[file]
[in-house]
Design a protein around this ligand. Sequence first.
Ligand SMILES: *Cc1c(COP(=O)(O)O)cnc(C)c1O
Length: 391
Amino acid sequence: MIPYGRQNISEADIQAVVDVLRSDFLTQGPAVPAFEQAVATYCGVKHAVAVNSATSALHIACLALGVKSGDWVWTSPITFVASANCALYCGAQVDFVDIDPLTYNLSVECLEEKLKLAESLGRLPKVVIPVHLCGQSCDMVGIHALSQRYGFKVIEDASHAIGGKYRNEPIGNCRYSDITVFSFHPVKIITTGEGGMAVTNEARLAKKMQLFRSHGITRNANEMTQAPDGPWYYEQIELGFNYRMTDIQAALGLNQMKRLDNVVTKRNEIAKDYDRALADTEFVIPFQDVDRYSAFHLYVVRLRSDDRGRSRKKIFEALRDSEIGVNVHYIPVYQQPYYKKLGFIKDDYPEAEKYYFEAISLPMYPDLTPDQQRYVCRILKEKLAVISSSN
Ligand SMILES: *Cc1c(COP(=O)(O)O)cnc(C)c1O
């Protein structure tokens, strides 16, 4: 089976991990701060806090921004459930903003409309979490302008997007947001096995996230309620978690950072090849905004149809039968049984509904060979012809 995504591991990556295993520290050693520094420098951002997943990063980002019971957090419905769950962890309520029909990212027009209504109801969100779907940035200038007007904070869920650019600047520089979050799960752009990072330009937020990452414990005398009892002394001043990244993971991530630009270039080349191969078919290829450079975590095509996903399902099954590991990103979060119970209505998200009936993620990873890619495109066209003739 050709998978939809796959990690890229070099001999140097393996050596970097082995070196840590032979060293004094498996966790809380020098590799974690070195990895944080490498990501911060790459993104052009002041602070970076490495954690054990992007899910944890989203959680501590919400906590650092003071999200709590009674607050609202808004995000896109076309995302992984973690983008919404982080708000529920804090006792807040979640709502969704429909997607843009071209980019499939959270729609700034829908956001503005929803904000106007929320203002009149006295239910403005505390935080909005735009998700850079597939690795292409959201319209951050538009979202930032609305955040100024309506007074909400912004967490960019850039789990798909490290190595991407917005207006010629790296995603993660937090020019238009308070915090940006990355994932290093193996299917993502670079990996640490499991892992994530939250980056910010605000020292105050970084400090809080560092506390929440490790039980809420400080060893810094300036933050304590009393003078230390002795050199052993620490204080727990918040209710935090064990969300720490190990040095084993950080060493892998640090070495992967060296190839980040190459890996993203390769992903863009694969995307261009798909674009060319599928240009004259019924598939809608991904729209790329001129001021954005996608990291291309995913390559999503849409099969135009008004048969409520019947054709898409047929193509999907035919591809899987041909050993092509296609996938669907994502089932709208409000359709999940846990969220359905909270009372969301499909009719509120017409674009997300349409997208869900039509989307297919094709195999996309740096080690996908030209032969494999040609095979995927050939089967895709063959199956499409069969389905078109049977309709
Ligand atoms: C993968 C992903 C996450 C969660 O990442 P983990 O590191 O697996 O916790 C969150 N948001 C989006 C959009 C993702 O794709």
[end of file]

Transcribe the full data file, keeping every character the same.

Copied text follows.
[in-house]
Design a protein around this ligand. Sequence first.
Ligand SMILES: *Cc1c(COP(=O)(O)O)cnc(C)c1O
Length: 391
Amino acid sequence: MIPYGRQNISEADIQAVVDVLRSDFLTQGPAVPAFEQAVATYCGVKHAVAVNSATSALHIACLALGVKSGDWVWTSPITFVASANCALYCGAQVDFVDIDPLTYNLSVECLEEKLKLAESLGRLPKVVIPVHLCGQSCDMVGIHALSQRYGFKVIEDASHAIGGKYRNEPIGNCRYSDITVFSFHPVKIITTGEGGMAVTNEARLAKKMQLFRSHGITRNANEMTQAPDGPWYYEQIELGFNYRMTDIQAALGLNQMKRLDNVVTKRNEIAKDYDRALADTEFVIPFQDVDRYSAFHLYVVRLRSDDRGRSRKKIFEALRDSEIGVNVHYIPVYQQPYYKKLGFIKDDYPEAEKYYFEAISLPMYPDLTPDQQRYVCRILKEKLAVISSSN
Ligand SMILES: *Cc1c(COP(=O)(O)O)cnc(C)c1O
């Protein structure tokens, strides 16, 4: 089976991990701060806090921004459930903003409309979490302008997007947001096995996230309620978690950072090849905004149809039968049984509904060979012809 995504591991990556295993520290050693520094420098951002997943990063980002019971957090419905769950962890309520029909990212027009209504109801969100779907940035200038007007904070869920650019600047520089979050799960752009990072330009937020990452414990005398009892002394001043990244993971991530630009270039080349191969078919290829450079975590095509996903399902099954590991990103979060119970209505998200009936993620990873890619495109066209003739 050709998978939809796959990690890229070099001999140097393996050596970097082995070196840590032979060293004094498996966790809380020098590799974690070195990895944080490498990501911060790459993104052009002041602070970076490495954690054990992007899910944890989203959680501590919400906590650092003071999200709590009674607050609202808004995000896109076309995302992984973690983008919404982080708000529920804090006792807040979640709502969704429909997607843009071209980019499939959270729609700034829908956001503005929803904000106007929320203002009149006295239910403005505390935080909005735009998700850079597939690795292409959201319209951050538009979202930032609305955040100024309506007074909400912004967490960019850039789990798909490290190595991407917005207006010629790296995603993660937090020019238009308070915090940006990355994932290093193996299917993502670079990996640490499991892992994530939250980056910010605000020292105050970084400090809080560092506390929440490790039980809420400080060893810094300036933050304590009393003078230390002795050199052993620490204080727990918040209710935090064990969300720490190990040095084993950080060493892998640090070495992967060296190839980040190459890996993203390769992903863009694969995307261009798909674009060319599928240009004259019924598939809608991904729209790329001129001021954005996608990291291309995913390559999503849409099969135009008004048969409520019947054709898409047929193509999907035919591809899987041909050993092509296609996938669907994502089932709208409000359709999940846990969220359905909270009372969301499909009719509120017409674009997300349409997208869900039509989307297919094709195999996309740096080690996908030209032969494999040609095979995927050939089967895709063959199956499409069969389905078109049977309709
Ligand atoms: C993968 C992903 C996450 C969660 O990442 P983990 O590191 O697996 O916790 C969150 N948001 C989006 C959009 C993702 O794709």